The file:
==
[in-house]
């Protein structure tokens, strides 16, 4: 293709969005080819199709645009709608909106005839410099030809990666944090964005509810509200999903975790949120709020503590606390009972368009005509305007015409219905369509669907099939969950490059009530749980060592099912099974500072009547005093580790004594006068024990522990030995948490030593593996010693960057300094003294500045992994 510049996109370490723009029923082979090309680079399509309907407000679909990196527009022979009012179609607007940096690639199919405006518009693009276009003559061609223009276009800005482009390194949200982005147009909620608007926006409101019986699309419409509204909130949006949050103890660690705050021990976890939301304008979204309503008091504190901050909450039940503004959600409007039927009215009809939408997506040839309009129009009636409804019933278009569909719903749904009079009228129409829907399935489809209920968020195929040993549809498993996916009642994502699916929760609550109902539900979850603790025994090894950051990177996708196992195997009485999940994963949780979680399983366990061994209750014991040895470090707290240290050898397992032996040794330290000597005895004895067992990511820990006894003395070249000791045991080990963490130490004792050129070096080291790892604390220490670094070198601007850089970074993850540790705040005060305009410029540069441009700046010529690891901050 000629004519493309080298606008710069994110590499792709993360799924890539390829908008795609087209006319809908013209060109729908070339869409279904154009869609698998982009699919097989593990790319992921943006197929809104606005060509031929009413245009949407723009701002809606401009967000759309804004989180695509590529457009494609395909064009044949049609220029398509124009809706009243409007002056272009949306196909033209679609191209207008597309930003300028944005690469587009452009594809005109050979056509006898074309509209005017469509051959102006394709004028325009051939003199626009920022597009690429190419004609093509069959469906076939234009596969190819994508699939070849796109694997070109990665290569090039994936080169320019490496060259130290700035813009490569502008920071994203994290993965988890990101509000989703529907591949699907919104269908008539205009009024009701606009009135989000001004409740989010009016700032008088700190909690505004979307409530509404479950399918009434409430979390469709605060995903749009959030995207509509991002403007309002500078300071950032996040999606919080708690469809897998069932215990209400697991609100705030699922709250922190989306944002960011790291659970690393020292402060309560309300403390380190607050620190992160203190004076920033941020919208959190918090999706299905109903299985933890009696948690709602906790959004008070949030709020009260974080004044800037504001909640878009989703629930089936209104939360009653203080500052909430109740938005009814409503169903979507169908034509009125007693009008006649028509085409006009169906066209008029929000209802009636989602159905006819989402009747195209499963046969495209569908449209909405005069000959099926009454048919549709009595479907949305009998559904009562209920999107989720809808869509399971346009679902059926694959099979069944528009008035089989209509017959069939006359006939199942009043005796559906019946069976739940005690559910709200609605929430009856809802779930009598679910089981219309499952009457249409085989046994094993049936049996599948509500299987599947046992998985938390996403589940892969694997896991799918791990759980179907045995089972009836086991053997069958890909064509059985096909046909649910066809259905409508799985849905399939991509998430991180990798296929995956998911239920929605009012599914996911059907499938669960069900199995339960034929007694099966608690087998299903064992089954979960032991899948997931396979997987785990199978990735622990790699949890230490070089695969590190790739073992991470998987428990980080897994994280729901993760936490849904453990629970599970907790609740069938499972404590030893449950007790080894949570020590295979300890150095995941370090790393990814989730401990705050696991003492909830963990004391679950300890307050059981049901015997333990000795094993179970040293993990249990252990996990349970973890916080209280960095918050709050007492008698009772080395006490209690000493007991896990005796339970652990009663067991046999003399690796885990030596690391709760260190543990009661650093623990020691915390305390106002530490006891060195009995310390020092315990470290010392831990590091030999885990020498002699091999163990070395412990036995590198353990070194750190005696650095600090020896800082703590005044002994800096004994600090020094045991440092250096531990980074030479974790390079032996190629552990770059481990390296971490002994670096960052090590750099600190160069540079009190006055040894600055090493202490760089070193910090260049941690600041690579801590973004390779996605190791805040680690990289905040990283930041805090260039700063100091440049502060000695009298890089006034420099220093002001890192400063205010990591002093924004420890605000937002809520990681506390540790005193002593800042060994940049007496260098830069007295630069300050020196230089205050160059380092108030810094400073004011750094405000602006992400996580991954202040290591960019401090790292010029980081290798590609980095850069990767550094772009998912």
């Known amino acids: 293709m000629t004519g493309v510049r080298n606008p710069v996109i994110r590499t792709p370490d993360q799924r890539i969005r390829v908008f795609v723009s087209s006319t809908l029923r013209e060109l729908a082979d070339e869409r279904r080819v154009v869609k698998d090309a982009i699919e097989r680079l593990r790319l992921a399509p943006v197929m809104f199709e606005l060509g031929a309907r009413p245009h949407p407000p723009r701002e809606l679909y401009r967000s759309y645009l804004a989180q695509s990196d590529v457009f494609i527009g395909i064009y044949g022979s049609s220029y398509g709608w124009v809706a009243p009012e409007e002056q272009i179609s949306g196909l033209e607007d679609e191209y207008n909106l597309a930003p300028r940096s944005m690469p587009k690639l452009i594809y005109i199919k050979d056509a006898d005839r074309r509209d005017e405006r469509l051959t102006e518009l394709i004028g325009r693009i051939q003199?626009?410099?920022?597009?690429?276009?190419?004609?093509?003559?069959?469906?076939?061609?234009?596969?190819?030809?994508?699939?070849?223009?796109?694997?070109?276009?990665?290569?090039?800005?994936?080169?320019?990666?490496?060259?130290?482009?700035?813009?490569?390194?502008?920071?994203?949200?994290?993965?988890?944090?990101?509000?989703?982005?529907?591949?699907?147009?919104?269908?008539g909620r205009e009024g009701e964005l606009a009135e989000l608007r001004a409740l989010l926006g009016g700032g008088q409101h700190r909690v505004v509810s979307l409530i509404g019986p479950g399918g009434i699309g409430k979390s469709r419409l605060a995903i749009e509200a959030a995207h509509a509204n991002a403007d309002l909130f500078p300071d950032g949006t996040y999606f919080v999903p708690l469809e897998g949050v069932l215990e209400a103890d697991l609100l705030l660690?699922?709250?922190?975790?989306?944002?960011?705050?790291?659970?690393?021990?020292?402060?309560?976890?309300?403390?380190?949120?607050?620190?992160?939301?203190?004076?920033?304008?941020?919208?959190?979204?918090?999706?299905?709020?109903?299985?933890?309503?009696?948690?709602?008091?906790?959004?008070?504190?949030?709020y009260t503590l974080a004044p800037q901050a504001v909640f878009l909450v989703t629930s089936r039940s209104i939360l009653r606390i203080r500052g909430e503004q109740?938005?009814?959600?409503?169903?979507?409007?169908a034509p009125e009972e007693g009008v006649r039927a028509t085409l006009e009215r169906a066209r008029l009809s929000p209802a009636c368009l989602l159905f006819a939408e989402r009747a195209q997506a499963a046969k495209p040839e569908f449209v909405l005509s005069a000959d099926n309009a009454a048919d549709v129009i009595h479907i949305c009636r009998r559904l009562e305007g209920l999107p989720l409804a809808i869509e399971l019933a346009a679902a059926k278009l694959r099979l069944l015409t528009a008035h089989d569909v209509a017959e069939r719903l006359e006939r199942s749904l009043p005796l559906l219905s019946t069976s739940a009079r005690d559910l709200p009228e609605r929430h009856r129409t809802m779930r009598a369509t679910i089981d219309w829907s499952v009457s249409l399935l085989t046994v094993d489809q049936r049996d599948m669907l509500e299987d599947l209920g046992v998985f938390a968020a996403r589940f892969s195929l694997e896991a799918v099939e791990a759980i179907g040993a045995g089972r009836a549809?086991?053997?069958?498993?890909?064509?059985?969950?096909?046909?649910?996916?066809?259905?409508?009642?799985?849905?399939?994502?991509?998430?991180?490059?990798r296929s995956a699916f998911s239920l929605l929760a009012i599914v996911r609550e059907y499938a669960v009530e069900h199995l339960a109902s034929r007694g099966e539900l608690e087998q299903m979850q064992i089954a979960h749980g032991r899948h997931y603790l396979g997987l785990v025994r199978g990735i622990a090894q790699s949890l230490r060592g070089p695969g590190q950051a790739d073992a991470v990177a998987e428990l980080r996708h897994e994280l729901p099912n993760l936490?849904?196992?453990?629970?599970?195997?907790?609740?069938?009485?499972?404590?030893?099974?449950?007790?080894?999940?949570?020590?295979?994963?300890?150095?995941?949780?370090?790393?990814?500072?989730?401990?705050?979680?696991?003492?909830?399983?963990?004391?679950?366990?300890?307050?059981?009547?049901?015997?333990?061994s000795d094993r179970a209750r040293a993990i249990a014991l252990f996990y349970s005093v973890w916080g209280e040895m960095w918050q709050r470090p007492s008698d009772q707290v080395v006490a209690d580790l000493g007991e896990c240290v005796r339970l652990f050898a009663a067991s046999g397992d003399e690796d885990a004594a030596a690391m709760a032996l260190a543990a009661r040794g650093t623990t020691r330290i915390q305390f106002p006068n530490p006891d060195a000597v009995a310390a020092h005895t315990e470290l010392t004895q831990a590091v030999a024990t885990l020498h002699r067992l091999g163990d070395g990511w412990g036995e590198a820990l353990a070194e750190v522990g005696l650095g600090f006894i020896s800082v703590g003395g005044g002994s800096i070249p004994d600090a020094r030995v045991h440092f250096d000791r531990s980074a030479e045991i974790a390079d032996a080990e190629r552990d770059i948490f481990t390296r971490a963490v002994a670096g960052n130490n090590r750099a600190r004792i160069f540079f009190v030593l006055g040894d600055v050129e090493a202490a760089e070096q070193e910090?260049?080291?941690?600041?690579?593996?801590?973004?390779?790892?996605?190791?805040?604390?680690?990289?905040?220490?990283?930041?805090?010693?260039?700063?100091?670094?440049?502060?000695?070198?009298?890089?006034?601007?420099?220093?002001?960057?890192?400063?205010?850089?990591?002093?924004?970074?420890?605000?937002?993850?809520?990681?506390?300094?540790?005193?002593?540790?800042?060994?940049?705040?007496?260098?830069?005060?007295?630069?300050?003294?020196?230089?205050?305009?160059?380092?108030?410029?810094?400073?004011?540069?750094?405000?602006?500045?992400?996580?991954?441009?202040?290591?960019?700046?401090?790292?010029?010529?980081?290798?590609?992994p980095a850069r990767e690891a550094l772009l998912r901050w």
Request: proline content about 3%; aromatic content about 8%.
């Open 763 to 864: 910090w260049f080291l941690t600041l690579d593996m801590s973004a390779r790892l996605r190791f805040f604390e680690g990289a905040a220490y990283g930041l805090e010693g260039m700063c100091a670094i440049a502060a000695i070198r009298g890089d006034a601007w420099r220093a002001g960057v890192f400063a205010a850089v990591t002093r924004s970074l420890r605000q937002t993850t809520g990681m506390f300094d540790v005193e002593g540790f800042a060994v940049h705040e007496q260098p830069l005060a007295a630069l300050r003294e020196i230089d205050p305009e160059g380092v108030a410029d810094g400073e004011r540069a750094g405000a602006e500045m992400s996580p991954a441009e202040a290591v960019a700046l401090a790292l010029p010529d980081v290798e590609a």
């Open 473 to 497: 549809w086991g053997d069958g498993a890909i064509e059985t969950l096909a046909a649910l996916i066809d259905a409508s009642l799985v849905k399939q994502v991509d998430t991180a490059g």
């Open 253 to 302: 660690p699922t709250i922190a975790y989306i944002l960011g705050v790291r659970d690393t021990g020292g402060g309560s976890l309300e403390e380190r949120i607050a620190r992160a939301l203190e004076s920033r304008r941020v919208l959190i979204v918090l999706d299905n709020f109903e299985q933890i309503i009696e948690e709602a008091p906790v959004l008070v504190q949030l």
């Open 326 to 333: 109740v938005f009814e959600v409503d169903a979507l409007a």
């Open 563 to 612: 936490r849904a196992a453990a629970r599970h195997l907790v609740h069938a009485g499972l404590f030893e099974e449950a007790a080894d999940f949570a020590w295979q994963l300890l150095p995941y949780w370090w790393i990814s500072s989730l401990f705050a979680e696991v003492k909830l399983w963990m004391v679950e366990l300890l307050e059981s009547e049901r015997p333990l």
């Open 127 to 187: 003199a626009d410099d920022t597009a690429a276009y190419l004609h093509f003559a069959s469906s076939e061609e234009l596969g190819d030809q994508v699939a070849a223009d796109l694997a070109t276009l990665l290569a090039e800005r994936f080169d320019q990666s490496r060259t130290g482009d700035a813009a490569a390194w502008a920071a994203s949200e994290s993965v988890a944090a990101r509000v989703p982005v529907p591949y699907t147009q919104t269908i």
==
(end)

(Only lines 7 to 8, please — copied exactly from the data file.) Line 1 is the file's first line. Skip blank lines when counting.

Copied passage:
């Open 253 to 302: 660690p699922t709250i922190a975790y989306i944002l960011g705050v790291r659970d690393t021990g020292g402060g309560s976890l309300e403390e380190r949120i607050a620190r992160a939301l203190e004076s920033r304008r941020v919208l959190i979204v918090l999706d299905n709020f109903e299985q933890i309503i009696e948690e709602a008091p906790v959004l008070v504190q949030l």
């Open 326 to 333: 109740v938005f009814e959600v409503d169903a979507l409007a």